Light-emitting diodes (LEDs) are a technology which has been with us for many years now, and yet the full commercial applications of this product have yet to be realized. Highly efficient and durable, residential LEDs use 75 percent less energy and last up to 25 times longer than traditional incandescent bulbs, according to the U.S. Department of Energy (DOE). The widespread use of LEDs could reduce energy demand in the United States by up to 348 terawatt-hours (TWh), the DOE reports. LEDs are a little more expensive than their incandescent or compact fluorescent (CFL) bulbs but it produces much less energy loss as heat and some LED products are Wi-Fi enabled for remote control via smartphone or they can be capable of transmitting light in many colors.
In late 2014, we covered the presentation of that year’s Nobel Prize for Physics to a trio of Japanese scientists who were successful in creating a blue LED in the early 1990s. Their discovery of a blue LED finally enabled the creation of white LED light, which had been a major obstacle on the way towards using LEDs as a lighting solution for residential and commercial applications. LEDs consist of multiple layers of semiconductor material including an n-type layer having a surplus of electrons and a p-type layer having an insufficient amount of electrons. When an electric charge is applied to the semiconductor, positive holes and negative electrons combine at an active layer at the p-n junction to form light. The Japanese scientists engineered a heating process for gallium nitride which created the proper type of p-type layer for blue light.
There’s greater value to the use of LEDs as simply a home lighting solution; the low energy demands and small form factor make them a good tool for emergency lighting situations as well. It’s into this space which solar-powered lighting company LuminAID has been making forays with an innovative technology having applications ranging from disaster relief to recreational outdoor lighting. The company is the brainchild of co-founders Andrea Sreshta and Anna Stork and their flagship product is a solar-rechargeable LED circuit contained within a core which is inflated to diffuse the light and can be collapsed in order to ship flat.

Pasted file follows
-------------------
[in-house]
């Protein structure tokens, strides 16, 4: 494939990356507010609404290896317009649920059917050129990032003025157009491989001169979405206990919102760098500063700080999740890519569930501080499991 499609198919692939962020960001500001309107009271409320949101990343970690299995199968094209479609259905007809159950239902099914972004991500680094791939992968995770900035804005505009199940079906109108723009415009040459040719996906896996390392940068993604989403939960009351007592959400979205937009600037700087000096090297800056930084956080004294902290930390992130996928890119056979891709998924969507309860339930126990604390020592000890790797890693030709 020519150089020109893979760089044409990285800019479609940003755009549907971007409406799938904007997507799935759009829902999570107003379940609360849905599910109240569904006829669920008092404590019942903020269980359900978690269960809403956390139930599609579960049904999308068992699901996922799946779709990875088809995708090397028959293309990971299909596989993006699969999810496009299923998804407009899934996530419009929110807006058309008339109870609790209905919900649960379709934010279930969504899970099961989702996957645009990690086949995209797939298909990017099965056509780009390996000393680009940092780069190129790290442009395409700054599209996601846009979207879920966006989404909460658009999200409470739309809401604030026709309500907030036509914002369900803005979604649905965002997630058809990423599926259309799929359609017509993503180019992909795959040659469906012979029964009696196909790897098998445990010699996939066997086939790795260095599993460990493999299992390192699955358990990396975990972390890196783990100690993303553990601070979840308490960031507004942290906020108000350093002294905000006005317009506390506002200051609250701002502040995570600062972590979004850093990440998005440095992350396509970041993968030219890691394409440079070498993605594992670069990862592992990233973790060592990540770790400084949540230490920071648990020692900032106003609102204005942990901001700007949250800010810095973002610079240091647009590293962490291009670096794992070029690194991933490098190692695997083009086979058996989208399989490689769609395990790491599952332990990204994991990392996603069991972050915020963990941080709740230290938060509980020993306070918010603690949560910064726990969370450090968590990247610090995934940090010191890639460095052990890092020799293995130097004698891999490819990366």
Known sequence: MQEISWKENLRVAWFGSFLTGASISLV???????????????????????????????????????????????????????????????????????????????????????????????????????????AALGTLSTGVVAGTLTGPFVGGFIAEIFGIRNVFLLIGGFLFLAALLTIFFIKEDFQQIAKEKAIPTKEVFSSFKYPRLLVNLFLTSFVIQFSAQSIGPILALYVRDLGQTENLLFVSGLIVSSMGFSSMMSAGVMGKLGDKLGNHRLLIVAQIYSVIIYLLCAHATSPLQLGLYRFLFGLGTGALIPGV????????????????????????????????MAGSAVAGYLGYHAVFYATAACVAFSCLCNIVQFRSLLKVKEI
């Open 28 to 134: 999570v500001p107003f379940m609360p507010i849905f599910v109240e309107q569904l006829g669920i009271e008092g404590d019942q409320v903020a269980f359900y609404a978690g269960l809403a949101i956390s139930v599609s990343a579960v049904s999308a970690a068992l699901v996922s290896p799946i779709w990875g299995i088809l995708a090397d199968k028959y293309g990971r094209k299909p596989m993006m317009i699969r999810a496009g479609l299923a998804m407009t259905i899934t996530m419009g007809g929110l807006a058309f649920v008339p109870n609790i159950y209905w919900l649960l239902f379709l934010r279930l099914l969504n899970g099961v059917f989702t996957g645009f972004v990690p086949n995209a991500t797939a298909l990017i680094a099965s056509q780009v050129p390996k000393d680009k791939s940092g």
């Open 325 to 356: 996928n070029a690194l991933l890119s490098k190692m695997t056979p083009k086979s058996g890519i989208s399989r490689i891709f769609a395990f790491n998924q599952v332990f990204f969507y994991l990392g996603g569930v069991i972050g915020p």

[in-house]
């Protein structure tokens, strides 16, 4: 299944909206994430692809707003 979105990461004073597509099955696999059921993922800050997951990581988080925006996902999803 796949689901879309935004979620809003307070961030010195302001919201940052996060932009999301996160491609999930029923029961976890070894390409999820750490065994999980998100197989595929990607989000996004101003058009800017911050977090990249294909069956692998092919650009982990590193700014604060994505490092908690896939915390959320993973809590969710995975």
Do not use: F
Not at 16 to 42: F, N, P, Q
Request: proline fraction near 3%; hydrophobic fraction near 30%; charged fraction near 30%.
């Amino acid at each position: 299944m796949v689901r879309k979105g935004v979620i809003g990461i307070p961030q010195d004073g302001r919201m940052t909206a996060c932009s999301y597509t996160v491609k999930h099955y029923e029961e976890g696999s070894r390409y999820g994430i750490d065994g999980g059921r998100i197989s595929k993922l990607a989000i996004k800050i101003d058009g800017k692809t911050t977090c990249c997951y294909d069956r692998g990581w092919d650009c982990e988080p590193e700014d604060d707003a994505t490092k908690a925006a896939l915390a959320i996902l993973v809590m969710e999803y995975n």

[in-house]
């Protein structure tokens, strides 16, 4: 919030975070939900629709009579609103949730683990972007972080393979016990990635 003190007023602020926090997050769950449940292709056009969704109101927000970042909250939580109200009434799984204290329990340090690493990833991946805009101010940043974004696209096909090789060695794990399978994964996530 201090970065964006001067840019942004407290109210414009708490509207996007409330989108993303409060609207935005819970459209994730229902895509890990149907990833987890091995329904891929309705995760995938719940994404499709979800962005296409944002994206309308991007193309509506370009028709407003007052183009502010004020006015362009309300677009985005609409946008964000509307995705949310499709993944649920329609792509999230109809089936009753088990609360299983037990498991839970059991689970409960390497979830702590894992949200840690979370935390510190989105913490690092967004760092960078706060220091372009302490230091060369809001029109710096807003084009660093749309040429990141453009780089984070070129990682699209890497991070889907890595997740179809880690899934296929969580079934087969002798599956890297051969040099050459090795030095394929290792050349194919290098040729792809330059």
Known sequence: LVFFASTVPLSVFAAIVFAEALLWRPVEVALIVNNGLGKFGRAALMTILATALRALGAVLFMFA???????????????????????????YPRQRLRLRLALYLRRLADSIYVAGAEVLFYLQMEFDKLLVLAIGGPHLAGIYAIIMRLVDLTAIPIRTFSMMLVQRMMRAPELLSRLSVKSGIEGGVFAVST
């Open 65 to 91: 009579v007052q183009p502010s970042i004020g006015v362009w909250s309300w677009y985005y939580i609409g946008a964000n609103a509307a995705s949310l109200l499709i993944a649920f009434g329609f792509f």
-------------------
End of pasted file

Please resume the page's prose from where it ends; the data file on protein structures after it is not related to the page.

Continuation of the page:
Earlier this summer, LuminAID issued a press release to announce that it had been issued a patent grant from the U.S. Patent and Trademark Office which covers its inflatable solar-powered LED technology. The patent is U.S. Patent No. 9347629, issued under the title Inflatable Solar-Powered Light. The inflatable solar-powered light claimed in this patent has an expandable bladder and a solar-powered light assembly positioned on a plastic surface and having a circuit board, a rechargeable battery, a solar panel and at least one LED; the plastic covering the solar panel and other components is both substantially transparent and waterproof.
As the patent’s background section notes, one of every six people in this world lack access to stable electricity. Often, people without access to electricity will use kerosene, a dangerous and toxic substance that can cost up to 30 percent of a person’s income in underdeveloped regions. This solar-lighting solution achieves the favorable outcomes of being easy to transport while eliminating recurring energy costs as well as the limited resources of non-rechargeable batteries.